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28 March 2010 @ 08:30 pm
Haloes in the Sky  

The weather has continued to be cool. I haven't been out much, although I did go to Stony Swamp on Saturday in what turned out to be a very uneventful outing. I saw very little wildlife, and took very few photos, so I didn't bother to post an entry about that excursion. It will be nice when the weather warms up again and new migrants start to appear.

The neighbourhood robins and Mourning Doves continue to sing early in the morning, and on Saturday I heard a Song Sparrow singing somewhere close to my house...the first one back in the neighbourhood. The Mourning Doves are probably the most regular birds in my backyard these days, either feeding on the ground or just sitting on the fence for hours at a time.


Ice Crystal Haloes


On Saturday evening, while looking out the window to see if any birds were at the feeder, I noticed some faint rays of light in the sky above the setting sun. It was the sun pillar shooting straight up into the sky which first drew my attention, but when I saw the "upside down rainbow" above it I ran to get my camera.



The upside-down rainbow is known as a tangent arc and is one of the more frequently seen haloes. The arc always touches the 22º halo, which can also been seen in this photo, at a point directly above the sun. When conditions are less than favourable, the arc may appear simply as a local brightening of the 22° halo.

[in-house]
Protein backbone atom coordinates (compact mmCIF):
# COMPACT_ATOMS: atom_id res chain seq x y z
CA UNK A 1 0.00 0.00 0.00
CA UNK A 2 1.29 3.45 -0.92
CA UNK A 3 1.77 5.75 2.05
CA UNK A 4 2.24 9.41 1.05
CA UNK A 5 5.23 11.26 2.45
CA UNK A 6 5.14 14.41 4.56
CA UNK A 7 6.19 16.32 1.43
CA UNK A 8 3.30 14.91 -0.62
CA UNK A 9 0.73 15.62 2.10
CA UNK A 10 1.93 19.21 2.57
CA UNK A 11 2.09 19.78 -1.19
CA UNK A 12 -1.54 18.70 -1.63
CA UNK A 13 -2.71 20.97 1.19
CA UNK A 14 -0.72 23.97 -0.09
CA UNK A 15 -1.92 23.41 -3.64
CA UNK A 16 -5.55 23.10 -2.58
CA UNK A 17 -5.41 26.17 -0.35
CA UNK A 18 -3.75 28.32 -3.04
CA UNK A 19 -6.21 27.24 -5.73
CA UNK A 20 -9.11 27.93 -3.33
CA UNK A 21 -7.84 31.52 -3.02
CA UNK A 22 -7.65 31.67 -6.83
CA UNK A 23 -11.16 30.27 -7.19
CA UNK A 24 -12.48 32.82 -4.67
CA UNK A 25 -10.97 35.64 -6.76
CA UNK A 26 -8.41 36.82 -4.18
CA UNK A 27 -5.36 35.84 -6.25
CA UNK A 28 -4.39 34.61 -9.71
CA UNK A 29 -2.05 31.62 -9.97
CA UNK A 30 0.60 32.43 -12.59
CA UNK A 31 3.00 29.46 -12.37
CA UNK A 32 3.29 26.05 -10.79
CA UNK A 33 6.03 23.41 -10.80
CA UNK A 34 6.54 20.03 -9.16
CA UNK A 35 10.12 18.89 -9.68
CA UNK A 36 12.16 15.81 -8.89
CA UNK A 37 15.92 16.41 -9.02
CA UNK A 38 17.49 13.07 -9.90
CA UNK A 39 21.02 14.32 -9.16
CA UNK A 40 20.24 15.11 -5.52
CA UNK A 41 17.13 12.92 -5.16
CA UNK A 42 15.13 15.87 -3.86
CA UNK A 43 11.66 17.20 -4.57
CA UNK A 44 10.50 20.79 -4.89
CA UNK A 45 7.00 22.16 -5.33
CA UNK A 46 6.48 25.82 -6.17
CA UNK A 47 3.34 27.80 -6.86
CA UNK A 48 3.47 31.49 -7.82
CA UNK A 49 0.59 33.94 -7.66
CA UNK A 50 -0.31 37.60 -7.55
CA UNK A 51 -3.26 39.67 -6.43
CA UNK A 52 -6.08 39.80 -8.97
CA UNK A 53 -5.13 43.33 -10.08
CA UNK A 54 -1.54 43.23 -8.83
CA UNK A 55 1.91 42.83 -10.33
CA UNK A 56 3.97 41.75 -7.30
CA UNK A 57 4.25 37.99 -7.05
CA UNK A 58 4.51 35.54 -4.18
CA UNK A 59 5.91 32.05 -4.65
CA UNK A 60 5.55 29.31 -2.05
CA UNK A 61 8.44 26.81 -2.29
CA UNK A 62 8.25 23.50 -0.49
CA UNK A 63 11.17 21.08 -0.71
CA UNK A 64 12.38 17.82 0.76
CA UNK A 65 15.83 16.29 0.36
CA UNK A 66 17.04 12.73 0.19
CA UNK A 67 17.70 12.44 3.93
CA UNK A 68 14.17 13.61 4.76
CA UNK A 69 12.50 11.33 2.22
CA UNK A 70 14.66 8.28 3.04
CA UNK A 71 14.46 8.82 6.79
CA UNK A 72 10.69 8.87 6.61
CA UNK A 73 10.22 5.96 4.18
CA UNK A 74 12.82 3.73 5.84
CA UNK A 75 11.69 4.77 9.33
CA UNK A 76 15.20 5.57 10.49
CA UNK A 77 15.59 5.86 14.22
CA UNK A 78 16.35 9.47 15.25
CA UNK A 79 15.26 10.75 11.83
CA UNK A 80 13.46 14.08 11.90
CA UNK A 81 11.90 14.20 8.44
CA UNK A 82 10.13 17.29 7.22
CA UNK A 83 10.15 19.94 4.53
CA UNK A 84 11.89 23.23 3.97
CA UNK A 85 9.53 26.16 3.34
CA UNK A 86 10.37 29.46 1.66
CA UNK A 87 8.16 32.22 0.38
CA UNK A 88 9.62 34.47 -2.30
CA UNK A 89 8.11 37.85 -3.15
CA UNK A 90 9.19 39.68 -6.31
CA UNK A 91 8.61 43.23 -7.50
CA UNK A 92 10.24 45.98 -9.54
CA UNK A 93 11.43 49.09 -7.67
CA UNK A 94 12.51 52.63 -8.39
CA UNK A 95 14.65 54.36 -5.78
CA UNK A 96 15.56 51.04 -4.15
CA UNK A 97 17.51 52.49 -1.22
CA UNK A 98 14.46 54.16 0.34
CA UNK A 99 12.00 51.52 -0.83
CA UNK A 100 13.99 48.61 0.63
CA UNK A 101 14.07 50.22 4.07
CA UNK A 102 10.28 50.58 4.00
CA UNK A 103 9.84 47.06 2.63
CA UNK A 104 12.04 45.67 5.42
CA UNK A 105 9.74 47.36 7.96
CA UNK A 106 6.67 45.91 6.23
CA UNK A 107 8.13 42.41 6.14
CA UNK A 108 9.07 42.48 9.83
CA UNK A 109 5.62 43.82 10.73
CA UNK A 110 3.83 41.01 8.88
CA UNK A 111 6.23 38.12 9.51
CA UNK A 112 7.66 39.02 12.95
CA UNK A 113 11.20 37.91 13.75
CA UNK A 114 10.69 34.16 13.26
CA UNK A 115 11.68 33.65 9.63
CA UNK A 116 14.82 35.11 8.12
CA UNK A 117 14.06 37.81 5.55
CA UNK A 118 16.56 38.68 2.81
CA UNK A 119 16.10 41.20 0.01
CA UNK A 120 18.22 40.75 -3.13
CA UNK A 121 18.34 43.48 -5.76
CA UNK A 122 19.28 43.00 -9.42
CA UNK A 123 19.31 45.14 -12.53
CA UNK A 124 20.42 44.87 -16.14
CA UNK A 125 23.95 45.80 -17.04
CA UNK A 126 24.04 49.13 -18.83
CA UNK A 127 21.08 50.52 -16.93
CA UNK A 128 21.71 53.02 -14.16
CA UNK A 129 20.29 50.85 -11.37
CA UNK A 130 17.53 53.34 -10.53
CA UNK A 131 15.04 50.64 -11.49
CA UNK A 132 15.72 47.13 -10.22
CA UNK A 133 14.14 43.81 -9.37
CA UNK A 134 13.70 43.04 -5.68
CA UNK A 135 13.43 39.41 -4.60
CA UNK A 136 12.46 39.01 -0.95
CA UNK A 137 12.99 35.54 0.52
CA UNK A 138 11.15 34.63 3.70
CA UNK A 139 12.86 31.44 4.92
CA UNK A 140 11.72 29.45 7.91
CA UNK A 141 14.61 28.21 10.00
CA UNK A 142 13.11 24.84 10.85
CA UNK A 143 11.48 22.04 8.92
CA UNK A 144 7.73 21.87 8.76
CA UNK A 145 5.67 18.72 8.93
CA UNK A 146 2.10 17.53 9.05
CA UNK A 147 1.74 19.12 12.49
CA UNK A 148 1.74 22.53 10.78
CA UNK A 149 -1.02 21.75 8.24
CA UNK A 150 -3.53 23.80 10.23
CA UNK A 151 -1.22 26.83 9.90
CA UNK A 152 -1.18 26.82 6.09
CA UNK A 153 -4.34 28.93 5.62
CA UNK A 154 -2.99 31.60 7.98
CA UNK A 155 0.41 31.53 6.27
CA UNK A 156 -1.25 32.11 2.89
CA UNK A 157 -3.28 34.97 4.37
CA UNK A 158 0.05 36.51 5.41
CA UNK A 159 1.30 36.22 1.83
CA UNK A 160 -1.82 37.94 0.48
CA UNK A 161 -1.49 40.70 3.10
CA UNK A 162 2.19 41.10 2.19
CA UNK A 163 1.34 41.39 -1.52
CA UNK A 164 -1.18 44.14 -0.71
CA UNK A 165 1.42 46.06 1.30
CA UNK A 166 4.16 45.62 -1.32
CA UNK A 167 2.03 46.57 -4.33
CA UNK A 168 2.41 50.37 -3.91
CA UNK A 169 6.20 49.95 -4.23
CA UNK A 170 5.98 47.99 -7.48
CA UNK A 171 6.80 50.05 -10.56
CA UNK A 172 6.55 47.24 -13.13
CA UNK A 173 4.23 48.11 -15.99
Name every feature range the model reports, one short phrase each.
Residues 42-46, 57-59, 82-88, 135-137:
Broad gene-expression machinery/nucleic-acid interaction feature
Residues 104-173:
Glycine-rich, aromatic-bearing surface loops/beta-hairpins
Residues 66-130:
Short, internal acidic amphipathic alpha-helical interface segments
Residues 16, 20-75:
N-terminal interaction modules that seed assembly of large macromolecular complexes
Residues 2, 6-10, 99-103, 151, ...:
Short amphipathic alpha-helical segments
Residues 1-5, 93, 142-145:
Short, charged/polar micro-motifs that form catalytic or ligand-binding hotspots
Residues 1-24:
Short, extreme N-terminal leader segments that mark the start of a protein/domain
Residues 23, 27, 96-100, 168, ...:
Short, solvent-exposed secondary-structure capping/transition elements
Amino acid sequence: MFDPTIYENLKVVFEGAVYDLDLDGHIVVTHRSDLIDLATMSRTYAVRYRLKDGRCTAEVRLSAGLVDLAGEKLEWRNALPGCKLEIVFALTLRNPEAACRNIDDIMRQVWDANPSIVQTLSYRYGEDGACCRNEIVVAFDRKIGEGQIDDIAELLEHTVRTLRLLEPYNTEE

Having never seen a tangent arc before, I spent fifteen minutes trying to photograph it. It was not very bright to begin with, but I am reasonably pleased with the resulting photos which show - however faintly - the arc, the 22º halo encircling the sun, and the sun pillar beaming directly upward from the sun. If there were any sun dogs present, which is more than likely, they were hidden from view behind the houses.

I watched the sky until the sun sank out of sight and the haloes faded away. These beautiful displays are always unexpected and are all the more precious because of their fleeting nature.